A recent report from Mckinsey on the effect of the Coronavirus on the Nigerian economy explains it rather starkly.
“Across all scenarios, Nigeria’s economy looks to be pushed towards a contraction. The oil effect is the biggest driver of GDP impact (40-70% of total, disruption impact across scenarios) and also funds 65% of budgeted revenue and 90% of foreign reserves accrual.
“Uncontained, GDP growth could fall to -8.8% (USD ~40Bn) with oil effect and disruption to way of working – particularly consumer spend in F&B, clothing and transport account for >90% of the total impact.”
Where will government get the money from?
The Nigerian Government has major revenue challenges, which are further compounded by the crash in crude oil prices.
To raise cash, it will have to resort to a combination of Eurobonds, local bonds and asset sales. It planned to fund its outsized N10 trillion 2020 budget via loans but the urgency cannot be over emphasized.
Public debt hawks will complain bitterly and rightfully so. Nigeria’s external debts is about N27 trillion as at end of December 2019. Prepare for it to get higher.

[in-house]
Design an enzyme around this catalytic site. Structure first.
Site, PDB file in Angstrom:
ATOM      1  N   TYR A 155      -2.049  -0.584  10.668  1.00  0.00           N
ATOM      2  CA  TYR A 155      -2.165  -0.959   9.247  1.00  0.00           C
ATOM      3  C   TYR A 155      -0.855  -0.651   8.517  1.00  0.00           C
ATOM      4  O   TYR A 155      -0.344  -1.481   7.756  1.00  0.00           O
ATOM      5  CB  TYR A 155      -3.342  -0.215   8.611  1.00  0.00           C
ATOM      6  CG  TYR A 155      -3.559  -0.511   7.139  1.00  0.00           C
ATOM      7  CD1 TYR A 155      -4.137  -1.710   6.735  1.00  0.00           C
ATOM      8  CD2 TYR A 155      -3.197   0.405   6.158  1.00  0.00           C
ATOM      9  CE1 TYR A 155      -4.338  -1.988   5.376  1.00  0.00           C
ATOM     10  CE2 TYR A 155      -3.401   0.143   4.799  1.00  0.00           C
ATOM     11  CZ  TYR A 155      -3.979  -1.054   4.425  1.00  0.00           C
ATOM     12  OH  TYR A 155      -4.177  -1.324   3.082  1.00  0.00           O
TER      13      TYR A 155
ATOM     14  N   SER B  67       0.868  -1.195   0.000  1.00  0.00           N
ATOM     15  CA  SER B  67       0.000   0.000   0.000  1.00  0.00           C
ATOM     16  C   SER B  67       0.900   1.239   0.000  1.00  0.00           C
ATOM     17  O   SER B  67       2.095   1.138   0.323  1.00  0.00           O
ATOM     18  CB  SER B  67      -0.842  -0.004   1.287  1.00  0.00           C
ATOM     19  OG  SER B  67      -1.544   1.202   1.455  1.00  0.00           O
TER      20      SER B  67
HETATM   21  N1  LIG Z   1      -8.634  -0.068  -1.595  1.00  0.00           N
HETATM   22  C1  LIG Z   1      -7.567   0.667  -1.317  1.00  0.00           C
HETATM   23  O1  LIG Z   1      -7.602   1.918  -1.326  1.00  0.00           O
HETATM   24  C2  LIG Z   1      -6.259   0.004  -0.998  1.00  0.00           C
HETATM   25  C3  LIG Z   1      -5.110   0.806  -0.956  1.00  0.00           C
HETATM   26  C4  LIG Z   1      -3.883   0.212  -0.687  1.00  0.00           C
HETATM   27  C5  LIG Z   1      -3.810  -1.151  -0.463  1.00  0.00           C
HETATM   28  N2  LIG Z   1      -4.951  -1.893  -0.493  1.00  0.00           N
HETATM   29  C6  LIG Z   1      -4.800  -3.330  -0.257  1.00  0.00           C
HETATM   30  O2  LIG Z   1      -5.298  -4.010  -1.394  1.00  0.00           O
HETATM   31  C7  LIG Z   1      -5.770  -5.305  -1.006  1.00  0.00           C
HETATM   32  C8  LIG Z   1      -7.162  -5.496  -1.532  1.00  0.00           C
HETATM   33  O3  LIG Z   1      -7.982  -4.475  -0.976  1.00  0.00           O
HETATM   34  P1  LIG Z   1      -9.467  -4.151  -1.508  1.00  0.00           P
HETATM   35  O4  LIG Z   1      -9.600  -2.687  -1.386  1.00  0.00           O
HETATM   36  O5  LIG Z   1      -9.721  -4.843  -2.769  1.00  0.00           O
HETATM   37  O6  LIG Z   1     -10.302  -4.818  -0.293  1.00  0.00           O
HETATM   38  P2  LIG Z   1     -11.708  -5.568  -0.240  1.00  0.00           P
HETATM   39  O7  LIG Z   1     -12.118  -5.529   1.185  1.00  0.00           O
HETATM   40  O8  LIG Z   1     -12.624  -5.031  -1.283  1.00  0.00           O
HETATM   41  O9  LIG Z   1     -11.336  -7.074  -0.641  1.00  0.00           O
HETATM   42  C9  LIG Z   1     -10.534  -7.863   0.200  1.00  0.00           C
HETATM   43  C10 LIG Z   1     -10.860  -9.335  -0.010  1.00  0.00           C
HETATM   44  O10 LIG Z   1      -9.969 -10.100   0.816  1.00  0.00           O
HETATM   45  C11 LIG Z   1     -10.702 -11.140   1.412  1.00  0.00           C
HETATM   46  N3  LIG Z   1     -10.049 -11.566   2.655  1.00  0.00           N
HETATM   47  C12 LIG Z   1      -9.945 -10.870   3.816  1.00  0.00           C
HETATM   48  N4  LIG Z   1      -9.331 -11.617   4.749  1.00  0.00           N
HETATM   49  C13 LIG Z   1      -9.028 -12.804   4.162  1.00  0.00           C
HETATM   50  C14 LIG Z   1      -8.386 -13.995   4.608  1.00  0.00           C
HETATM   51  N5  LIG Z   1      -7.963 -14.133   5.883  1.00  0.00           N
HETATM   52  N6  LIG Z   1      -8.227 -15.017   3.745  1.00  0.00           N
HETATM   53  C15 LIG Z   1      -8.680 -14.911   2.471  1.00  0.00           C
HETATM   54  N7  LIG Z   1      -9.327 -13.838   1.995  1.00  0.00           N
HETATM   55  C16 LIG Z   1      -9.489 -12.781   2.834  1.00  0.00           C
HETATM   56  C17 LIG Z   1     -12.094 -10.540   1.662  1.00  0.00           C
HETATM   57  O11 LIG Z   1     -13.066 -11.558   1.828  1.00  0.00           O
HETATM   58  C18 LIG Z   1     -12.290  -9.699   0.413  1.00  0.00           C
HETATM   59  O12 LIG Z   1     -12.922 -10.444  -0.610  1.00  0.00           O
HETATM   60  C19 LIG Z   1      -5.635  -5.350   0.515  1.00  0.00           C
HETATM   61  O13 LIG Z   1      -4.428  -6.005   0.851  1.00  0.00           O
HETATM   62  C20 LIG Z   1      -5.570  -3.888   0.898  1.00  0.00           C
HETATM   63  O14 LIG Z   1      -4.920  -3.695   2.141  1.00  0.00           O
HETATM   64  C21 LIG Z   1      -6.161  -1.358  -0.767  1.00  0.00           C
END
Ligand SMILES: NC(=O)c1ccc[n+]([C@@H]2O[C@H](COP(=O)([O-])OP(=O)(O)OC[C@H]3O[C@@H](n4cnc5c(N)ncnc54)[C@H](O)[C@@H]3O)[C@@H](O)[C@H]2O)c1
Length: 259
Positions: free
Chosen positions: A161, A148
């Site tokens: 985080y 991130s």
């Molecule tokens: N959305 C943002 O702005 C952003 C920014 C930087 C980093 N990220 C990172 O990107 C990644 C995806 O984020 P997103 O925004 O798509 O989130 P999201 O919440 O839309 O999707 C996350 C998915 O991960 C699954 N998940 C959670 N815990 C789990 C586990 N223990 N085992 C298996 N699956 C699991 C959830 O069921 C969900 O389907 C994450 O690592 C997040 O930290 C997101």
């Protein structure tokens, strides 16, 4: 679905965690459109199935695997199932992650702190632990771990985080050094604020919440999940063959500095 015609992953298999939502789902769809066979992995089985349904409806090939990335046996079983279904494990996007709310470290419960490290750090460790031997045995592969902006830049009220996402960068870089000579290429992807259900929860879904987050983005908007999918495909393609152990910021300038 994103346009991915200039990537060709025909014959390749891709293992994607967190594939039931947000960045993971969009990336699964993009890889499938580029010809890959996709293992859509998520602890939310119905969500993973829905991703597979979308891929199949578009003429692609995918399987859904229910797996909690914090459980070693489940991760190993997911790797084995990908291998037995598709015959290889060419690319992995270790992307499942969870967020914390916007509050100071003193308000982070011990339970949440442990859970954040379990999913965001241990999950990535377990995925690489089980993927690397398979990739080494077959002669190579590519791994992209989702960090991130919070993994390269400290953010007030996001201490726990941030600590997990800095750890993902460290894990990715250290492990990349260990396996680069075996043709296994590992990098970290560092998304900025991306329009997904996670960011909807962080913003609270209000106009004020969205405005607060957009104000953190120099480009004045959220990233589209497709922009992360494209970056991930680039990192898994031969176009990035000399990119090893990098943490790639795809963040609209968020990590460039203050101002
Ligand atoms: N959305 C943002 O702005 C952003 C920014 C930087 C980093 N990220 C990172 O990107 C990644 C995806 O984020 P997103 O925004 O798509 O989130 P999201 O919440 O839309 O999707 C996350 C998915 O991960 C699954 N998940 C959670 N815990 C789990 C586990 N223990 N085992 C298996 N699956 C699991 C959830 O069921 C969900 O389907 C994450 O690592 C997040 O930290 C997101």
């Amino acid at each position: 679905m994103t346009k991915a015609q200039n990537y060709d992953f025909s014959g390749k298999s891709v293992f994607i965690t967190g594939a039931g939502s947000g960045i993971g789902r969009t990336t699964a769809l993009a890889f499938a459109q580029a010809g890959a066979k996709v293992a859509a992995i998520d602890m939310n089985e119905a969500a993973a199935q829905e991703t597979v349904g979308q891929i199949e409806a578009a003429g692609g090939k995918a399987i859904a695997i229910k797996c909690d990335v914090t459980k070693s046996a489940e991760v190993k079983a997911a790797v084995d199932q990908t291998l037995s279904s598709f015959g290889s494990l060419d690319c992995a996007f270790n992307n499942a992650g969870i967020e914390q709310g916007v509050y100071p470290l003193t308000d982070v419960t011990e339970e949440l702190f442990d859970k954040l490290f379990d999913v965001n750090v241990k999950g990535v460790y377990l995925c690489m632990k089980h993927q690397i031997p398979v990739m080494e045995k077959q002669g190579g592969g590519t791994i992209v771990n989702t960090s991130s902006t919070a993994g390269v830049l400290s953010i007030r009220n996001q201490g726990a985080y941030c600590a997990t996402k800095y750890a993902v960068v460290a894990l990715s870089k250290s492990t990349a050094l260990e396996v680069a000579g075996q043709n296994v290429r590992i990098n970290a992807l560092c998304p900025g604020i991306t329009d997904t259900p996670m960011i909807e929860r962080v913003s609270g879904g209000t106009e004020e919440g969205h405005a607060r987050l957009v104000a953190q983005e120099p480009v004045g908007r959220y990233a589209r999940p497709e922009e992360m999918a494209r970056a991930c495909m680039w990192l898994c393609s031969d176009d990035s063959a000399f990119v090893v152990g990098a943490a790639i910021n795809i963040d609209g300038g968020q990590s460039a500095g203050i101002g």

Senate calls for the liberalization of cement policy to crash the price of the commodity
The Senate also tasked the FG on providing more industrial incentives to bring new players into the cement industry.
The Nigerian Senate has called for the liberalization of Nigeria’s cement policy to boost production and subsequently crash the price of the commodity in the country.
This motion was raised by Senator Lola Ashiru at today’s senate plenary, the senator also tasked the Federal Government on providing more industrial incentives to bring new players into the cement industry, in addition to the liberalization of the cement policy in Nigeria.
Ashiru explained that to reduce the price of cement and in extension, other building materials in the country, the Federal Government needs to provide an enabling operating environment that will encourage new entrants in the country.
The Senate in conclusion called on the FG to provide more industrial incentives and protections such as concessionary loans and larger tax incentives to encourage new entrants and expand the national cement production infrastructure, as this boost in production will lead to a downward review of cement price in Nigeria.
What industry leaders are saying
Earlier this year the founder of BUA Group, Abdulsamad Rabiu, called for the liberalization of Nigeria’s cement policy to boost production and reduce the price of the commodity.
The billionaire philanthropist faulted the belief that Nigeria is self-sufficient in terms of cement production, noting that recent statistics and figures on Nigeria’s population and cement production do not support this status of sufficiency in cement production as stated by some individuals.